professor of materials science and engineering at
the University of California at Berkeley, who was
not involved in the research. ¡°I think the work
is significant, as it offers a practical way to store
thermal energy, which has been challenging in
the past.¡±
The work was supported by the Tata Center
for Technology and Design within MIT¡¯s Energy
(Source: David L. Chandler, MIT News Office,
(MIT postdoc, Grace Han, handles a new
chemical composite that could provide an
alternative to fuel by functioning as a kind of
thermal battery. Photo: Melanie Gonick/MIT)
¡°Your positive action
combined with positive
thinking results in success.¡±
- Shiv Khera
A New Way To Store
Thermal Energy
MIT researchers create material
for a chemical heat ¡®battery¡¯
that could release its energy on demand
November 16, 2017: In large parts of the devel-
oping world, people have abundant heat from the
sun during the day, but most cooking takes place
later in the evening when the sun is down, using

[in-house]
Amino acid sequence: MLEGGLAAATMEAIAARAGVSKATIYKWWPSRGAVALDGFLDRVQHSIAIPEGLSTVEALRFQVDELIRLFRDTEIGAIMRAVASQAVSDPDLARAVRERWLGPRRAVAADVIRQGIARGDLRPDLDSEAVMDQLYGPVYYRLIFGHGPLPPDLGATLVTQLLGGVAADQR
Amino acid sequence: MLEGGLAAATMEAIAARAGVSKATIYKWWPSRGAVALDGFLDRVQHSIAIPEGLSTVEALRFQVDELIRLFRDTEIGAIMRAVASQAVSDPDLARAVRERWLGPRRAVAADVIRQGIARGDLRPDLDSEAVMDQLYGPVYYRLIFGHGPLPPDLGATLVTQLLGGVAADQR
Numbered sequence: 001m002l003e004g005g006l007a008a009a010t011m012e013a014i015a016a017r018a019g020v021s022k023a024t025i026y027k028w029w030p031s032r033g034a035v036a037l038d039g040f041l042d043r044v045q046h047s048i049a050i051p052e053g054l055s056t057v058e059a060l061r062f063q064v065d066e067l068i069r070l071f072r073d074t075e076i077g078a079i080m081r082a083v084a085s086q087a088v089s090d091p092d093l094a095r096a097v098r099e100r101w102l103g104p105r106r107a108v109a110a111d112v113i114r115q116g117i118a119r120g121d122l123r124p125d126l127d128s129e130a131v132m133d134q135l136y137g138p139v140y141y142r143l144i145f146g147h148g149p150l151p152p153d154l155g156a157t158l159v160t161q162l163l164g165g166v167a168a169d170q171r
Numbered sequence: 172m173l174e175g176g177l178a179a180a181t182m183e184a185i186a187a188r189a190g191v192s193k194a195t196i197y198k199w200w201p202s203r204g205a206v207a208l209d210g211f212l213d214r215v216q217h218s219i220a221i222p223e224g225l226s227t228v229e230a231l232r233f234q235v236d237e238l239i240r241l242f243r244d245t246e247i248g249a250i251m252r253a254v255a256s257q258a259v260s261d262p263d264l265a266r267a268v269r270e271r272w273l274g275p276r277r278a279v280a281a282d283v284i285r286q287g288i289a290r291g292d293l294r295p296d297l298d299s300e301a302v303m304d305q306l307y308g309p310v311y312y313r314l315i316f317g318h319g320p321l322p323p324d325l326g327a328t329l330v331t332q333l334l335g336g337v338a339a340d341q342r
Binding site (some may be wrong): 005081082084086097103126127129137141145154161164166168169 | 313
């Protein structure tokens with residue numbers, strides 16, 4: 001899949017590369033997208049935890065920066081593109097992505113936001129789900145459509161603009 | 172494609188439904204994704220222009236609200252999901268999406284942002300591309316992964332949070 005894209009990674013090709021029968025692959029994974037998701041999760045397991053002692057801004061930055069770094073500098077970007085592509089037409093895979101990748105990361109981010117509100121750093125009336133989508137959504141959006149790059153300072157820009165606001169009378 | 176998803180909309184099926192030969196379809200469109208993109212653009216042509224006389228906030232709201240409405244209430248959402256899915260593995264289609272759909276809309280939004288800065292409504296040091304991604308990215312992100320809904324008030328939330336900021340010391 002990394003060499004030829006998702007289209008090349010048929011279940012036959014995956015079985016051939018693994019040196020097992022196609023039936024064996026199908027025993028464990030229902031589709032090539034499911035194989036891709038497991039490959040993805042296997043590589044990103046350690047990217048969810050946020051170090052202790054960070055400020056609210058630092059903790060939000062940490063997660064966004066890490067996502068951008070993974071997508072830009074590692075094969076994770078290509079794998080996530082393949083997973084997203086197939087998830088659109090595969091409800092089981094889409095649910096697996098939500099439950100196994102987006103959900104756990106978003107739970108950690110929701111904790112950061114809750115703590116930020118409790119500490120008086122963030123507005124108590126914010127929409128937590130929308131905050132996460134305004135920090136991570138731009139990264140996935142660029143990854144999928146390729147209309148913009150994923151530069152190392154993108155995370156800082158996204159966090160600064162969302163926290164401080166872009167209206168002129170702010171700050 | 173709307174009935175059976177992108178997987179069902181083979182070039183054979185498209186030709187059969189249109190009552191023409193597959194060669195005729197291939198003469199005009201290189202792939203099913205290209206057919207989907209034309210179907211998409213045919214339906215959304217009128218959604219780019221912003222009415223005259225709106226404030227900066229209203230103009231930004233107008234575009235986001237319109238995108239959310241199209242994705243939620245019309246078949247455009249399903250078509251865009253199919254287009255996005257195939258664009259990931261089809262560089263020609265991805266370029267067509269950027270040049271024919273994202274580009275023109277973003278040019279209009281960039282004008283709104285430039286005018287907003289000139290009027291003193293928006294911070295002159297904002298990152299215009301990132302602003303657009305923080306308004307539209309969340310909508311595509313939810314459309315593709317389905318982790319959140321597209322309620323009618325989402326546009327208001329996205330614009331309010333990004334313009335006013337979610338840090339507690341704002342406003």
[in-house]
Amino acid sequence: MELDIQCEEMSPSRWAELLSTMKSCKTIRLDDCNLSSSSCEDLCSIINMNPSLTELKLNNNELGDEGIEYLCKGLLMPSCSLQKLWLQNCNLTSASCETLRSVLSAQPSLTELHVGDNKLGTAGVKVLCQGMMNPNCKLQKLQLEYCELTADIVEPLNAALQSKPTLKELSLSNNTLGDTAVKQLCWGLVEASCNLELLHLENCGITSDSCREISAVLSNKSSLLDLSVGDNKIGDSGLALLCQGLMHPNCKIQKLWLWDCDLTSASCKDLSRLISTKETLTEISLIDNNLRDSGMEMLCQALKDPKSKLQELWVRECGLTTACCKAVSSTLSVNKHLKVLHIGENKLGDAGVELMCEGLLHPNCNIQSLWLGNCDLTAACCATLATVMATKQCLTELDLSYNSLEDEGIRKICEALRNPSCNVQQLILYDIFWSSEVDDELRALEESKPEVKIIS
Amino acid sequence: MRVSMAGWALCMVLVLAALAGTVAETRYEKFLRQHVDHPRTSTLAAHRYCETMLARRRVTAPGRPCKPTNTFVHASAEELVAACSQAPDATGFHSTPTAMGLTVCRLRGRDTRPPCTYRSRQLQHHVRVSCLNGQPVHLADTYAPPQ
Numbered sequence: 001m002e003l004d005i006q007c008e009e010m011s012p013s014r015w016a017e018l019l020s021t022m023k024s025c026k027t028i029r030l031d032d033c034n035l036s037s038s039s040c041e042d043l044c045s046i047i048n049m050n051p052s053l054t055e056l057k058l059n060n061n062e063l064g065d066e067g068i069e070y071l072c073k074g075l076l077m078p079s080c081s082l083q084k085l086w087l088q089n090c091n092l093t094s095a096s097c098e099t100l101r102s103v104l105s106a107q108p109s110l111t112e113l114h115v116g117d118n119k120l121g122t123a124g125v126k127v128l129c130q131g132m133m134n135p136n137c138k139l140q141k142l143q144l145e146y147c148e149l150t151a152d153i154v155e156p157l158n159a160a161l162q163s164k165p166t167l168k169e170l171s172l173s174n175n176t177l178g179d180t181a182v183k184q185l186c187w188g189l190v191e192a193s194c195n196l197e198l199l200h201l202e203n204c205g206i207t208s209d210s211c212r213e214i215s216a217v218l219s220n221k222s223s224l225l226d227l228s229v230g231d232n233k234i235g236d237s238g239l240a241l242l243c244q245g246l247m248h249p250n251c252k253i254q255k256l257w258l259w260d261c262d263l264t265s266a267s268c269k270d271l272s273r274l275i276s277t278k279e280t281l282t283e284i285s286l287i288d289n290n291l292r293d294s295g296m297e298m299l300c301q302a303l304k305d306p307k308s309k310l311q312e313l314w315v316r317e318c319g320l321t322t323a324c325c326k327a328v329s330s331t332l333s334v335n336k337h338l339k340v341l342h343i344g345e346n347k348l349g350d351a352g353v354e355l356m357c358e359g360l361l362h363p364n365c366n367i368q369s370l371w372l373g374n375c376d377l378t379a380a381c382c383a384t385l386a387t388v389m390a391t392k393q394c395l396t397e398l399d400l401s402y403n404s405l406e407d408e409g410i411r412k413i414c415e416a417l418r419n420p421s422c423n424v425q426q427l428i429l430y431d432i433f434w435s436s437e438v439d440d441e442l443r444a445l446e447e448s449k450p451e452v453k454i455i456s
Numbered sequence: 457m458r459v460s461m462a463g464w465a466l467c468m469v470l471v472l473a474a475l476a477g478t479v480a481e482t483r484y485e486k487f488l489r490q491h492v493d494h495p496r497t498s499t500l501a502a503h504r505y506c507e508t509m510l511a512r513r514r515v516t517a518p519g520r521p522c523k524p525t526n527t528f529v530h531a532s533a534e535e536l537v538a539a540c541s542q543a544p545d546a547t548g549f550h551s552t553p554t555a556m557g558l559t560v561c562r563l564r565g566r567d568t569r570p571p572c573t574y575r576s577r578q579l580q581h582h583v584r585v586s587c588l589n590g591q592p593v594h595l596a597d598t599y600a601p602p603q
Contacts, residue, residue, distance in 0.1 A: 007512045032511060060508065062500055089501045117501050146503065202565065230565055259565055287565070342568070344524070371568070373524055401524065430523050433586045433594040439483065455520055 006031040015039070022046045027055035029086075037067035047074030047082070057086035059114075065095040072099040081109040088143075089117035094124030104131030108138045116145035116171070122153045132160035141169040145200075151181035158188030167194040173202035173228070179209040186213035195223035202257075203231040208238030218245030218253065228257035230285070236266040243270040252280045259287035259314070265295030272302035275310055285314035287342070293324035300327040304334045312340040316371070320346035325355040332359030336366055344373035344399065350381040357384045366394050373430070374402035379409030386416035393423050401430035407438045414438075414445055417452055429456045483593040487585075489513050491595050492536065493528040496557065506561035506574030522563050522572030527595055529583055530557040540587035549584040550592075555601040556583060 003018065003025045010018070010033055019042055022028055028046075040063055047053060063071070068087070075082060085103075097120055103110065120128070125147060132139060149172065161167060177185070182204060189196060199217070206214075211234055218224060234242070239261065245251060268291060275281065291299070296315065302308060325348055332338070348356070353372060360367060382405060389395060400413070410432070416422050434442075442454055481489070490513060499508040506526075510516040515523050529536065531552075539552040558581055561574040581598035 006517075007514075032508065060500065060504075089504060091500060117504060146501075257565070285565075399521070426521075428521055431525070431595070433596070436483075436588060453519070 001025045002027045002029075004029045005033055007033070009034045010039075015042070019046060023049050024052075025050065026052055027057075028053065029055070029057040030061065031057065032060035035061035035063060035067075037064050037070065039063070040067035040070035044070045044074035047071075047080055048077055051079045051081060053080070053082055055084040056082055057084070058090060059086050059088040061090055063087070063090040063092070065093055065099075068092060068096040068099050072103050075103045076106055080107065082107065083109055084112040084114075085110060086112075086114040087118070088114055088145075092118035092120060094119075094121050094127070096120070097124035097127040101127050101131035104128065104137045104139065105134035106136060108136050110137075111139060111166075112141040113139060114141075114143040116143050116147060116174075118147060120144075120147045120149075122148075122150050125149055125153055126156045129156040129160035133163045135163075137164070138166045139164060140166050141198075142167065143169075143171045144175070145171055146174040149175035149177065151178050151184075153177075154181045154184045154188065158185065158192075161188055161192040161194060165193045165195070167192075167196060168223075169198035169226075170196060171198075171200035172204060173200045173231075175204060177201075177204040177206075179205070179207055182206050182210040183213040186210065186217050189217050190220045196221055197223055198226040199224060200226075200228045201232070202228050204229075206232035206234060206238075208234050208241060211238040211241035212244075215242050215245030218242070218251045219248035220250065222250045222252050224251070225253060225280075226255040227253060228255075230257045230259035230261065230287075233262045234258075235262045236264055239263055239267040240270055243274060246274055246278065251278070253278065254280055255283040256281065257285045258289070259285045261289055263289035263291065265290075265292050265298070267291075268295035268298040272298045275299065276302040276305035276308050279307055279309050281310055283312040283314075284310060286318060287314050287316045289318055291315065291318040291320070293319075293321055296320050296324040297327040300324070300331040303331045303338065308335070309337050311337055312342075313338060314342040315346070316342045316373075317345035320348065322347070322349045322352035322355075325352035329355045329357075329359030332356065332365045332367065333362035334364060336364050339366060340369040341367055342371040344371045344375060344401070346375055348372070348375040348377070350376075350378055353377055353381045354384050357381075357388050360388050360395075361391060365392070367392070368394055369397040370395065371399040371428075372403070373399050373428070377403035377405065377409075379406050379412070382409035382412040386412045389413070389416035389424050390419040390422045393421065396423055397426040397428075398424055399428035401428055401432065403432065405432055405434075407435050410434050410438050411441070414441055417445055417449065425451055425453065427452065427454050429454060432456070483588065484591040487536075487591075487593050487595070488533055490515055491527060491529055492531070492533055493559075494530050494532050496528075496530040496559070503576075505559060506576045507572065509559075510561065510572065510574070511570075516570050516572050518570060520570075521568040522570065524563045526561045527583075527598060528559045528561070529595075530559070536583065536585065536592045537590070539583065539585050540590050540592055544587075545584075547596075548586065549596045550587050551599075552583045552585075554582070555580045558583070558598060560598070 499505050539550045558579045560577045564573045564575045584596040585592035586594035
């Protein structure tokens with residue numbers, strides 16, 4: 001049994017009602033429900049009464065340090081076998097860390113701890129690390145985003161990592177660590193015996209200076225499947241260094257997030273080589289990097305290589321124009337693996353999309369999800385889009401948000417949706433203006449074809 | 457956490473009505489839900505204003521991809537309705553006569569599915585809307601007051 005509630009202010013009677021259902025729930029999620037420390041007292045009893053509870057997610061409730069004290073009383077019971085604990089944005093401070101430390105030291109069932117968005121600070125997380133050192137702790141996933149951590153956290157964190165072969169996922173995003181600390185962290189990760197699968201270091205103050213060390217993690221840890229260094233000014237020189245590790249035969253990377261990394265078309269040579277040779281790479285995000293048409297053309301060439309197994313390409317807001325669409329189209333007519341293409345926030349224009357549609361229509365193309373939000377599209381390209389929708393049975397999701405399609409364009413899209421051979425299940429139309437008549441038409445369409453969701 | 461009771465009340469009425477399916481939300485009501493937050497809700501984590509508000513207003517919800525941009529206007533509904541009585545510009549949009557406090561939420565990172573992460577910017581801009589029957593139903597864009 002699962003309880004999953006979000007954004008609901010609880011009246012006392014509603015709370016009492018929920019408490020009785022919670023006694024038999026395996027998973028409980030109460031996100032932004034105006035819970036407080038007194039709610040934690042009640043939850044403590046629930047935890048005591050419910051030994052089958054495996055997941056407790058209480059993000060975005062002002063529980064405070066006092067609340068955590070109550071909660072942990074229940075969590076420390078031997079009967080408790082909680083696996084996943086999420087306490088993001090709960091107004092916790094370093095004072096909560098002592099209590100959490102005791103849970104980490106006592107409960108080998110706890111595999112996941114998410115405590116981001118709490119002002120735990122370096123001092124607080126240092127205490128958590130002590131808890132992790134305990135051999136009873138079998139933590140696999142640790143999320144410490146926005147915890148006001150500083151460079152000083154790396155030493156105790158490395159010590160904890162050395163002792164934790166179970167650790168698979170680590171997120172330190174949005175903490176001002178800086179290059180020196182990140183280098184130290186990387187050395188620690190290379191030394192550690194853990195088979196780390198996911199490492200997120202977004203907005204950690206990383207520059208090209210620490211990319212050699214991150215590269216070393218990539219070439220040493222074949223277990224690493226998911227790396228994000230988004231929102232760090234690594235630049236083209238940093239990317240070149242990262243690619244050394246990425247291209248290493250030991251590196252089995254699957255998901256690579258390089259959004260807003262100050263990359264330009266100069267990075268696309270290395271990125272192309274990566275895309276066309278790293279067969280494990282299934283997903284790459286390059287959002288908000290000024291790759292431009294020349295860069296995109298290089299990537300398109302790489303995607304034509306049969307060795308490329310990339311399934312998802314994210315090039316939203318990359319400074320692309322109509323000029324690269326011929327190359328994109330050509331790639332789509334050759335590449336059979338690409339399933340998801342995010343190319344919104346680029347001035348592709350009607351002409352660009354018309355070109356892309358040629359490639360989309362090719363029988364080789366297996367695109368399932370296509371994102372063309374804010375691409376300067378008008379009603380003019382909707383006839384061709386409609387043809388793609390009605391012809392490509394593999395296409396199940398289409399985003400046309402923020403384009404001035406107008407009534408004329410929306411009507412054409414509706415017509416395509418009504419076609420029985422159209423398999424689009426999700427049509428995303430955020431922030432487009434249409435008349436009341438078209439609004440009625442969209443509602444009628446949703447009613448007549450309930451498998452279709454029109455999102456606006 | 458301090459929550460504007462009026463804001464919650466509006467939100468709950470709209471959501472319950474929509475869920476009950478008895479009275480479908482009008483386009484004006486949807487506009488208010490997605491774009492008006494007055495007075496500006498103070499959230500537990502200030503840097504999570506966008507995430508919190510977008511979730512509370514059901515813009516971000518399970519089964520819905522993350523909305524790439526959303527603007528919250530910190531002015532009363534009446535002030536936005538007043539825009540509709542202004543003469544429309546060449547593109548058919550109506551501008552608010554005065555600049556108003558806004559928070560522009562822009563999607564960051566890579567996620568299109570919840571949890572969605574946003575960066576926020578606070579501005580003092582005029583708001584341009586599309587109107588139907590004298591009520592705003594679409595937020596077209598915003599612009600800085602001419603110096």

fuel ¡ª such as wood, brush or dung ¡ª that is col-
lected with significant time and effort.
Now, a new chemical composite developed by
researchers at MIT could provide an alternative.
It could be used to store heat from the sun or any
other source during the day in a kind of thermal
battery, and it could release the heat when need-
ed, for example for cooking or heating after dark.
A common approach to thermal storage is to use
what is known as a phase change material (PCM),
where input heat melts the material and its phase
change - from solid to liquid - stores energy. When
the PCM is cooled back down below its melting
point, it turns back into a solid, at which point the
stored energy is released as heat.
There are many examples of these materials, in-
cluding waxes or fatty acids used for low-temper-
ature applications, and molten salts used at high
temperatures. But all current PCMs require a great
deal of insulation, and they pass through that
phase change temperature uncontrollably, losing
their stored heat relatively rapidly.
Instead, the new system uses molecular switches
that change shape in response to light; when inte-
grated into the PCM, the phase-change tempera-
ture of the hybrid material can be adjusted with
light, allowing the thermal energy of the phase
change to be maintained even well below the
melting point of the original material.
The new findings, by MIT postdocs Grace Han and
Huashan Li and Professor Jeffrey Grossman, are
reported this week in the journal Nature Commu-
¡°The trouble with thermal energy is, it¡¯s hard to
hold onto it,¡± Grossman explains. So his team de-
veloped what are essentially add-ons for